<h2>UGK</h2><strong>Hometown:</strong> Port Arthur, TX<br /><strong>Years Active/Status:</strong> 1987-2009/Inactive<br /><strong>Biggest Project: </strong><i>Underground Kingz</i><br /><strong>Why They Are Dope:</strong> The bias and shortsightedness that prevented Southern Rap from making a bigger impact sooner along the timeline of mainstream rap is one of the genre’s most glaring mistakes. Before the South was truly allowed any real space in the sandbox, acts like those that had signed to Rap-A-Lot put out quality material. UGK had a track record of sterling releases before the mainstream was made aware of them via Jay Z's "Big Pimpin'." Chad and Bernard—Pimp C and Bun B—helped lay the groundwork for the sound of not just Texas but the South as a whole. Bun B’s signature flow may be as by-the-book as any MC rap fans deem great, but his voice and the literary eye through which he looks at the world have made him formidable for more than three decades<i>.</i> Pimp C gets love for his production, but his voice, the almost polar opposite of Bun’s cool, calculated bellowing drawl, and his say-whatever-the-fuck-I-want style make the second half of a Southern self-contained rap apparatus. “Murder” is as good an example as any as to why few rap duos in any time zone from any era could fuck with the Underground Kings.<br /><br /> <iframe width="670" height="380" src="//www.youtube.com/embed/awMIbA34MT8" frameborder="0" allowfullscreen></iframe>
  • andre 3000 big boi
    <h2>OutKast</h2><strong>Hometown:</strong> Atlanta<br /><strong>Years Active/Status:</strong> 1992-2006, 2014-present/Active<br /><strong>Biggest Project:</strong> <i>Speakerboxxx/The Love Below</i><br /><strong>Why They Are Dope:</strong> Andre and Antwan are so good that their film soundtrack stands up against most rap albums. Both students at the same high school and both East Point, Atlanta residents, they met at the Lenox Mall at sixteen. Since 1992, the duo formerly known as Two Shades Deep has given us nothing but God-level rap. Andre’s time as rap’s Billy Sunday has elevated his status far above Big Boi’s, but this is faulty thinking. Andre and Big Boi are Malone and Stockton on beats; you simply cannot assume the same level of success of one without the presence of the other. They started out on relatively the same page on 1994's <em>Southernplayalisticadillacmuzik</em>, but from there they became the yin to the other’s yang. Big Boi kept his dope boy/pimp game tight as Andre floated further into the clouds. <i>Aquemini</i> was the peak for this group, if only by a nose (<em>Ed. Note: That one will forever be up for internal debate</em>). Remember EPMD’s run of four albums to begin their career? OutKast had a run of five. OutKast’s position as the greatest rap duo of all time seems unassailable.<br /><br /> <iframe width="670" height="380" src="//www.youtube.com/embed/-JfEJq56IwI" frameborder="0" allowfullscreen></iframe>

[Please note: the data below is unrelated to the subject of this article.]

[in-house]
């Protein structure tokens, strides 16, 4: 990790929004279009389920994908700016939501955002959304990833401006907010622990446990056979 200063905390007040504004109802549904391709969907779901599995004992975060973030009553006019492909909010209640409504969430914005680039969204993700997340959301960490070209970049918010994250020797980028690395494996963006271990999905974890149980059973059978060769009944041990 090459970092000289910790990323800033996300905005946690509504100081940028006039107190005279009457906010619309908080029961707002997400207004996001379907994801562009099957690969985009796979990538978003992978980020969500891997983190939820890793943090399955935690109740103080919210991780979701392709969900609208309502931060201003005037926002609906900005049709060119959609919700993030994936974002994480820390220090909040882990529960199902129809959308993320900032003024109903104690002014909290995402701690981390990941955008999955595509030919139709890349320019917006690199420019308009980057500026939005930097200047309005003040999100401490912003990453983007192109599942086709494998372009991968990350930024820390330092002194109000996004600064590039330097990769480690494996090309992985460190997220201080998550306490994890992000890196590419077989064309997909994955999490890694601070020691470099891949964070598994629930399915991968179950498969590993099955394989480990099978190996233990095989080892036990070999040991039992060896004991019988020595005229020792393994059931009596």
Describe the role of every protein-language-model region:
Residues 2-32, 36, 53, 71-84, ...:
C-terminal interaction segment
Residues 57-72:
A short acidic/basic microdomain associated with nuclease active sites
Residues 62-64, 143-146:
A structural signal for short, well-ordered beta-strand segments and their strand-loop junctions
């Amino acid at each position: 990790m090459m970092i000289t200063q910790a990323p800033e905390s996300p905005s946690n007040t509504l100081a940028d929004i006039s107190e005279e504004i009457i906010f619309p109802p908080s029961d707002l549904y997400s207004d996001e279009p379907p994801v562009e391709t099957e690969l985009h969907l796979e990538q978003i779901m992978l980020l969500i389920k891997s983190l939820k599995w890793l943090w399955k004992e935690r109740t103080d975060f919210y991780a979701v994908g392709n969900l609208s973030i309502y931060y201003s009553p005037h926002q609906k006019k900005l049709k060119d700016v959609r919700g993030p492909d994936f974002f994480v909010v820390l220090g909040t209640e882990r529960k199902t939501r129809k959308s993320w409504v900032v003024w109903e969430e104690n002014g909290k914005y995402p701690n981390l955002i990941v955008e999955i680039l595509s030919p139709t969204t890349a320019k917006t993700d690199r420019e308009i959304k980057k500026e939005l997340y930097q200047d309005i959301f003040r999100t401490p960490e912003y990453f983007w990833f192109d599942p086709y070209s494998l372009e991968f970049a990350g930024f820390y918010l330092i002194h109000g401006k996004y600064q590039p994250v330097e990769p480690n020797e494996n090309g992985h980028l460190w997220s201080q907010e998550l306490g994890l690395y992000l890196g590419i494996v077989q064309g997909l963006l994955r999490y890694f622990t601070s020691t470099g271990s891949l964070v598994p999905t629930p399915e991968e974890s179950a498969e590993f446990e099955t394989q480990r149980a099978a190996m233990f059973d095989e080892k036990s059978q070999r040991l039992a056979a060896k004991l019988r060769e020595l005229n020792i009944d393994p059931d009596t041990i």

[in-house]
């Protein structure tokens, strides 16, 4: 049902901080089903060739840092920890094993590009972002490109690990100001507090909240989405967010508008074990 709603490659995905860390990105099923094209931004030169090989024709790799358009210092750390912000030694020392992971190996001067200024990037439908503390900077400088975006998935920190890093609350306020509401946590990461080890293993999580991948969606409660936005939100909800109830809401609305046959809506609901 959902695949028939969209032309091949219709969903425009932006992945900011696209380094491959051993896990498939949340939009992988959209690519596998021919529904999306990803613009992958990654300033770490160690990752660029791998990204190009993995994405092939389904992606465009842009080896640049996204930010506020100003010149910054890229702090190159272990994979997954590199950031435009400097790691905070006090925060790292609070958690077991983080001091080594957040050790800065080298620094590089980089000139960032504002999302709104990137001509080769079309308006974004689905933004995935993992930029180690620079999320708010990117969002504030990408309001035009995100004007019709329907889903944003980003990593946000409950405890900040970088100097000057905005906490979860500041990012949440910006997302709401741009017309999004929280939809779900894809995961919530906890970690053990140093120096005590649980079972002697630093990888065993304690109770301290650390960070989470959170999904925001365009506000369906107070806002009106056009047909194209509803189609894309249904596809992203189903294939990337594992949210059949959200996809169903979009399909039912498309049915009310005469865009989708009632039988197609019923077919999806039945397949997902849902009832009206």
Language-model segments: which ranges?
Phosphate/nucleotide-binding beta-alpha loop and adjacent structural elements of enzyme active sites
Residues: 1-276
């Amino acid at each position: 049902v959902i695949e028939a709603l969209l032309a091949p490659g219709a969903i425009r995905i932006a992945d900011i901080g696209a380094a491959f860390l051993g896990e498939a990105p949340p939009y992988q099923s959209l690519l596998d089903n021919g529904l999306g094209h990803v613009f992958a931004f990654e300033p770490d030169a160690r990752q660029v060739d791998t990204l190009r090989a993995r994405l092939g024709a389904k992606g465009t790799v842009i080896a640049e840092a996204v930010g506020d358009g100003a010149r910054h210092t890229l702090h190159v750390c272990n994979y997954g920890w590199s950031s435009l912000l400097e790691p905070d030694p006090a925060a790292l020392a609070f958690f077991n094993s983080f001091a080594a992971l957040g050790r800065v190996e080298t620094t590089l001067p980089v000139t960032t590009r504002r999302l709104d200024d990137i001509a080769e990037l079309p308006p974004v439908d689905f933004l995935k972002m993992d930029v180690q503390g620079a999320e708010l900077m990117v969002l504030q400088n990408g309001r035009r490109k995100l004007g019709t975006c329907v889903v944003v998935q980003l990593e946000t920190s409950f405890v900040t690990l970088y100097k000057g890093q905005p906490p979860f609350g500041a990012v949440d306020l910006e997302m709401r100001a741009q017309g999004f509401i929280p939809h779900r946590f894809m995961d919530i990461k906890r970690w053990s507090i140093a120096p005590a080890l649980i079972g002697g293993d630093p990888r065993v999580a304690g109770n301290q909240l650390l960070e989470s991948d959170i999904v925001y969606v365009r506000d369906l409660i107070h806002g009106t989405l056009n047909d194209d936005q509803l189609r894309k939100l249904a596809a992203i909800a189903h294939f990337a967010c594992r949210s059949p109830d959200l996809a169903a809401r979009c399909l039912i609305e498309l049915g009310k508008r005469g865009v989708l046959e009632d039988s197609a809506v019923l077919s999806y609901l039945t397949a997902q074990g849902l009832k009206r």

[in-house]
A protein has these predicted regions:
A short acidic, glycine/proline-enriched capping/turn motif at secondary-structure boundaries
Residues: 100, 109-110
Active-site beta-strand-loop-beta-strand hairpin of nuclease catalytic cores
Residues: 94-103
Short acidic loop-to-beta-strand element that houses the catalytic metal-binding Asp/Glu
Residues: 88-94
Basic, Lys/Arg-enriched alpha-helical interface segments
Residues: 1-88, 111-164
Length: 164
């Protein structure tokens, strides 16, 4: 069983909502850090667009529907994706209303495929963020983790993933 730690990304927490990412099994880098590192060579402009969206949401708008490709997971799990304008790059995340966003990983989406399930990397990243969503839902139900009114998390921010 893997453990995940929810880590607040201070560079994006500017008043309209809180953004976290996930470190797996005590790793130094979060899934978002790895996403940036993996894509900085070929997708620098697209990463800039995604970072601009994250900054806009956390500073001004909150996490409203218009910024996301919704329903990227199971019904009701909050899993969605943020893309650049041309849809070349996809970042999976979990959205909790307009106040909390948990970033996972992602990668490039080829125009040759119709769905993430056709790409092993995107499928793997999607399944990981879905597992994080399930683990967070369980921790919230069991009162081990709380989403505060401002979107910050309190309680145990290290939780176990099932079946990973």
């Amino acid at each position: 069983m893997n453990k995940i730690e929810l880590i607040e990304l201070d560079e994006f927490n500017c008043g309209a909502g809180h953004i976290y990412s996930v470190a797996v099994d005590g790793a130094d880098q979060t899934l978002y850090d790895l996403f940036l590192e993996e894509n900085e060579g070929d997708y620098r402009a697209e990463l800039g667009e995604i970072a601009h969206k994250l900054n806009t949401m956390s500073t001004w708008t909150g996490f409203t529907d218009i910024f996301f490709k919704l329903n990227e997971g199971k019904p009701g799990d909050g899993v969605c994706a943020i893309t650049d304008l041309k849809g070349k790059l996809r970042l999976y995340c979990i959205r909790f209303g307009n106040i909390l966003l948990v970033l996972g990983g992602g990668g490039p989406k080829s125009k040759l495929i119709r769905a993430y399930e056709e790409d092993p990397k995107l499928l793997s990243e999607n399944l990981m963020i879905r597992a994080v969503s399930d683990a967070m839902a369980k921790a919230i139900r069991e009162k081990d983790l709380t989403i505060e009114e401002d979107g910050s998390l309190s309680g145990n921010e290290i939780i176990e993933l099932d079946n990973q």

Previously: 20 Of The Best One-Rapper Albums In Hip-Hop History
20 Of The Best One-Producer Albums In Hip-Hop History